Measurements of heat collection rate and heat loss coefficient are crucial for the evaluation of in service water-in-glass evacuated tube solar water heaters. However, conventional measurement requires expensive detection devices and undergoes a series of complicated procedures. To simplify the measurement and reduce the cost, software based on artificial neural networks for measuring heat collection rate and heat loss coefficient of water-in-glass evacuated tube solar water heaters was developed. Using multilayer feed-forward neural networks with back-propagation algorithm, we developed and tested our program on the basis of 915 measured samples of water-in-glass evacuated tube solar water heaters. This artificial neural networks-based software program automatically obtained accurate heat collection rate and heat loss coefficient using simply "portable test instruments" acquired parameters, including tube length, number of tubes, tube center distance, heat water mass in tank, collector area, angle between tubes and ground and final temperature. Our results show that this software (on both personal computer and Android platforms) is efficient and convenient to predict the heat collection rate and heat loss coefficient due to it slow root mean square errors in prediction. The software now can be downloaded from http://t.cn/RLPKF08.

  5. Effect of water losses by evaporation and chemical reaction in an industrial slaker reactor

    Directory of Open Access Journals (Sweden)

    Ricardo Andreola

    2007-03-01

    Full Text Available A dynamic model of the slaker reactor was developed and validated for Klabin Paraná Papéis causticizing system, responsable for white liquor generation used by the plant. The model considered water losses by evaporation and chemical reaction. The model showed a good agreement with the industrial plant measures of active alkali, total titratable alkali and temperature, without the need of adjustment of any parameter. The simulated results showed that the water consumption by the slaking reaction and evaporation exerted significant influence on the volumetric flow rate of limed liquor, which imposed a decrease of 4.6% in the amount of water in reactor outlet.Foi desenvolvido e testado um modelo dinâmico do reator de apagamento do sistema de caustificação da Klabin Paraná Papéis, responsável pela geração do licor branco utilizado na planta. O modelo contempla perdas de água por evaporação e por reação química e apresentou boa concordância com dados industriais de álcali ativo, álcali total titulável e temperatura, sem a necessidade de ajuste de nenhum parâmetro. Os resultados obtidos a partir de simulações revelam que o consumo de água pela reação de apagamento, bem como pela evaporação, exercem uma influência significativa sobre a vazão volumétrica na saída do reator, impondo uma diminuição de 4,6% sobre o teor de água na corrente de saída do reator em relação à alimentação.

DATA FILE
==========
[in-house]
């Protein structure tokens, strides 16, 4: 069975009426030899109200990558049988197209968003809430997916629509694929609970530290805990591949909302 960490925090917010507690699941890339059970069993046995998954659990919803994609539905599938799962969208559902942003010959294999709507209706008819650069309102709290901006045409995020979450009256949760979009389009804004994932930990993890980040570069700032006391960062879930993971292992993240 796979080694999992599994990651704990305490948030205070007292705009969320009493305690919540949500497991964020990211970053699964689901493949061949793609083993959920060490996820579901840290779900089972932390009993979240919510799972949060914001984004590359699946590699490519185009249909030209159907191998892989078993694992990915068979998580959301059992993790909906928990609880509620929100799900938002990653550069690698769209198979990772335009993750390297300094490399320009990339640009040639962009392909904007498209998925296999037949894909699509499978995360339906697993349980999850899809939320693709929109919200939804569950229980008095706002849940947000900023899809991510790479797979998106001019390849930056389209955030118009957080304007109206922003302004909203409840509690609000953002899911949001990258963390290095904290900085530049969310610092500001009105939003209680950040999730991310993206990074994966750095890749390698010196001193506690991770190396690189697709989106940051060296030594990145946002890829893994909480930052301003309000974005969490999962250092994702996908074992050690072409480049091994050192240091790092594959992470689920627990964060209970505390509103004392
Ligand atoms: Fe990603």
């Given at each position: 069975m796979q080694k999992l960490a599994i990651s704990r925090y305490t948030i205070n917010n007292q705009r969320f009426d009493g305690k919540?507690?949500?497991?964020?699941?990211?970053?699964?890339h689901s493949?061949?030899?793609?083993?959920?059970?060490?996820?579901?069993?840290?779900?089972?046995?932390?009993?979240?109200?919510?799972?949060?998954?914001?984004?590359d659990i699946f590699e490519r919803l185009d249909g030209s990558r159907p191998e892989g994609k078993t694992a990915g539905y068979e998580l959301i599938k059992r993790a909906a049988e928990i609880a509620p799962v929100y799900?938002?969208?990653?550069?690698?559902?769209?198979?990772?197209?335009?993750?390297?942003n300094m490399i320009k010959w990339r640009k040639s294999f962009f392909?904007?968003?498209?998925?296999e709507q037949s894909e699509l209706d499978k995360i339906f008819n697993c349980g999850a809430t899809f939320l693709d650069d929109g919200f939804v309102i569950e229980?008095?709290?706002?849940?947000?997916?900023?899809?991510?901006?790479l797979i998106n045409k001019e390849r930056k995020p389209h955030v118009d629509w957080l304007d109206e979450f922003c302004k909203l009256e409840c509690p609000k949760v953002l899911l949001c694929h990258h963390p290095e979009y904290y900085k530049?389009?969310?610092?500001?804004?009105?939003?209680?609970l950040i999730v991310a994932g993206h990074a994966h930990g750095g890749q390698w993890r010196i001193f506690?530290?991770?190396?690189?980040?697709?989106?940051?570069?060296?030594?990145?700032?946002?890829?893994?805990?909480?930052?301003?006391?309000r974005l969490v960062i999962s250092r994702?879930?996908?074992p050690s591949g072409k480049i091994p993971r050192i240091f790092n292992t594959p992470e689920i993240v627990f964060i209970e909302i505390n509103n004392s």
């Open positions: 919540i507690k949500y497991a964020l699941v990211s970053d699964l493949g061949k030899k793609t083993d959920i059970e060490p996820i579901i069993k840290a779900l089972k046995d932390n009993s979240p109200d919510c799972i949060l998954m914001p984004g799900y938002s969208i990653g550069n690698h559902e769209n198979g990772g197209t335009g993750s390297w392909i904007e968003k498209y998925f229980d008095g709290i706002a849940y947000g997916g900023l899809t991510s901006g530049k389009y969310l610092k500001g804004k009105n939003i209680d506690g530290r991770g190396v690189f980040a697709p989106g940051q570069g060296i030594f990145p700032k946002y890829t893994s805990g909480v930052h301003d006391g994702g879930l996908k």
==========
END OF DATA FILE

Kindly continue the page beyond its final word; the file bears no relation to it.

6. Mapping evaporative water loss in desert passerines reveals an expanding threat of lethal dehydration.

    Science.gov (United States)

    Albright, Thomas P; Mutiibwa, Denis; Gerson, Alexander R; Smith, Eric Krabbe; Talbot, William A; O'Neill, Jacqueline J; McKechnie, Andrew E; Wolf, Blair O

    2017-02-28

    Extreme high environmental temperatures produce a variety of consequences for wildlife, including mass die-offs. Heat waves are increasing in frequency, intensity, and extent, and are projected to increase further under climate change. However, the spatial and temporal dynamics of die-off risk are poorly understood. Here, we examine the effects of heat waves on evaporative water loss (EWL) and survival in five desert passerine birds across the southwestern United States using a combination of physiological data, mechanistically informed models, and hourly geospatial temperature data. We ask how rates of EWL vary with temperature across species; how frequently, over what areas, and how rapidly lethal dehydration occurs; how EWL and die-off risk vary with body mass; and how die-off risk is affected by climate warming. We find that smaller-bodied passerines are subject to higher rates of mass-specific EWL than larger-bodied counterparts and thus encounter potentially lethal conditions much more frequently, over shorter daily intervals, and over larger geographic areas. Warming by 4 °C greatly expands the extent, frequency, and intensity of dehydration risk, and introduces new threats for larger passerine birds, particularly those with limited geographic ranges. Our models reveal that increasing air temperatures and heat wave occurrence will potentially have important impacts on the water balance, daily activity, and geographic distribution of arid-zone birds. Impacts may be exacerbated by chronic effects and interactions with other environmental changes. This work underscores the importance of acute risks of high temperatures, particularly for small-bodied species, and suggests conservation of thermal refugia and water sources.